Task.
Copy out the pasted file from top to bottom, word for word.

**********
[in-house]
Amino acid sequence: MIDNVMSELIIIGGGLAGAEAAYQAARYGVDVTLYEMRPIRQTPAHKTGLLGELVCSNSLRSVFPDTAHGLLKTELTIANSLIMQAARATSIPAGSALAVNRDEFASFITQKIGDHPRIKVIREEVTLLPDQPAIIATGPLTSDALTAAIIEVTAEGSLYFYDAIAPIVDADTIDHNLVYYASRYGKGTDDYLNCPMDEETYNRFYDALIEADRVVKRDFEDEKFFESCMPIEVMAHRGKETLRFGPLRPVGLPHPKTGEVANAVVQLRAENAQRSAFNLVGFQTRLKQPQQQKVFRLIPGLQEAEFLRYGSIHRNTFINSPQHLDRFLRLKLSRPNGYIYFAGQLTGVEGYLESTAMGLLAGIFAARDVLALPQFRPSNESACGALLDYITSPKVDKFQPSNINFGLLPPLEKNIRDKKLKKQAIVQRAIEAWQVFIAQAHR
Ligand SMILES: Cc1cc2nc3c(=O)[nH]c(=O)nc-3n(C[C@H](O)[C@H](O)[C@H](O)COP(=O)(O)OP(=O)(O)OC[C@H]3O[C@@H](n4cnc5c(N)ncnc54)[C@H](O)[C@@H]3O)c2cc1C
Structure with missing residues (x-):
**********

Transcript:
[in-house]
Amino acid sequence: MIDNVMSELIIIGGGLAGAEAAYQAARYGVDVTLYEMRPIRQTPAHKTGLLGELVCSNSLRSVFPDTAHGLLKTELTIANSLIMQAARATSIPAGSALAVNRDEFASFITQKIGDHPRIKVIREEVTLLPDQPAIIATGPLTSDALTAAIIEVTAEGSLYFYDAIAPIVDADTIDHNLVYYASRYGKGTDDYLNCPMDEETYNRFYDALIEADRVVKRDFEDEKFFESCMPIEVMAHRGKETLRFGPLRPVGLPHPKTGEVANAVVQLRAENAQRSAFNLVGFQTRLKQPQQQKVFRLIPGLQEAEFLRYGSIHRNTFINSPQHLDRFLRLKLSRPNGYIYFAGQLTGVEGYLESTAMGLLAGIFAARDVLALPQFRPSNESACGALLDYITSPKVDKFQPSNINFGLLPPLEKNIRDKKLKKQAIVQRAIEAWQVFIAQAHR
Ligand SMILES: Cc1cc2nc3c(=O)[nH]c(=O)nc-3n(C[C@H](O)[C@H](O)[C@H](O)COP(=O)(O)OP(=O)(O)OC[C@H]3O[C@@H](n4cnc5c(N)ncnc54)[C@H](O)[C@@H]3O)c2cc1C
Structure with missing residues (x-):